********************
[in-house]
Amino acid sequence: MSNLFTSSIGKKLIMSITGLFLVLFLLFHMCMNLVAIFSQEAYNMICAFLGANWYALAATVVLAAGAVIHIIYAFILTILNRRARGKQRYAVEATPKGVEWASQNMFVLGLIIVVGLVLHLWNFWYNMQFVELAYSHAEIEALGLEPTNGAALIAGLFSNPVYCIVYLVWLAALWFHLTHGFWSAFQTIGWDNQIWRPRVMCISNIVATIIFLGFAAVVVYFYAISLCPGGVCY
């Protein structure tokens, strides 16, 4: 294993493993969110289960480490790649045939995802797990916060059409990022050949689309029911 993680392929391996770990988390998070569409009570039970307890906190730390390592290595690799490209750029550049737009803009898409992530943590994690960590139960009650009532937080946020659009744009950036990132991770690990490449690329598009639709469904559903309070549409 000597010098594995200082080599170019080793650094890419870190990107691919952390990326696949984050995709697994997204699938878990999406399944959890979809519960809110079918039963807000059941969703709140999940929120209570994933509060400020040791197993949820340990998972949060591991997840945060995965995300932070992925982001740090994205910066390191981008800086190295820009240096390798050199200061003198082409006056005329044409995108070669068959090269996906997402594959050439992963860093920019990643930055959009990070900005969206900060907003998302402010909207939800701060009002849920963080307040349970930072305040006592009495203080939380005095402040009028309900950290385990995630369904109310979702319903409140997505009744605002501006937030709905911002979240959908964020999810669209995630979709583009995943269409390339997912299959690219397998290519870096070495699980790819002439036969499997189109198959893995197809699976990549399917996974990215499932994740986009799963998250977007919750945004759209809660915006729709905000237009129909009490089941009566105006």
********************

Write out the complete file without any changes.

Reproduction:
[in-house]
Amino acid sequence: MSNLFTSSIGKKLIMSITGLFLVLFLLFHMCMNLVAIFSQEAYNMICAFLGANWYALAATVVLAAGAVIHIIYAFILTILNRRARGKQRYAVEATPKGVEWASQNMFVLGLIIVVGLVLHLWNFWYNMQFVELAYSHAEIEALGLEPTNGAALIAGLFSNPVYCIVYLVWLAALWFHLTHGFWSAFQTIGWDNQIWRPRVMCISNIVATIIFLGFAAVVVYFYAISLCPGGVCY
């Protein structure tokens, strides 16, 4: 294993493993969110289960480490790649045939995802797990916060059409990022050949689309029911 993680392929391996770990988390998070569409009570039970307890906190730390390592290595690799490209750029550049737009803009898409992530943590994690960590139960009650009532937080946020659009744009950036990132991770690990490449690329598009639709469904559903309070549409 000597010098594995200082080599170019080793650094890419870190990107691919952390990326696949984050995709697994997204699938878990999406399944959890979809519960809110079918039963807000059941969703709140999940929120209570994933509060400020040791197993949820340990998972949060591991997840945060995965995300932070992925982001740090994205910066390191981008800086190295820009240096390798050199200061003198082409006056005329044409995108070669068959090269996906997402594959050439992963860093920019990643930055959009990070900005969206900060907003998302402010909207939800701060009002849920963080307040349970930072305040006592009495203080939380005095402040009028309900950290385990995630369904109310979702319903409140997505009744605002501006937030709905911002979240959908964020999810669209995630979709583009995943269409390339997912299959690219397998290519870096070495699980790819002439036969499997189109198959893995197809699976990549399917996974990215499932994740986009799963998250977007919750945004759209809660915006729709905000237009129909009490089941009566105006």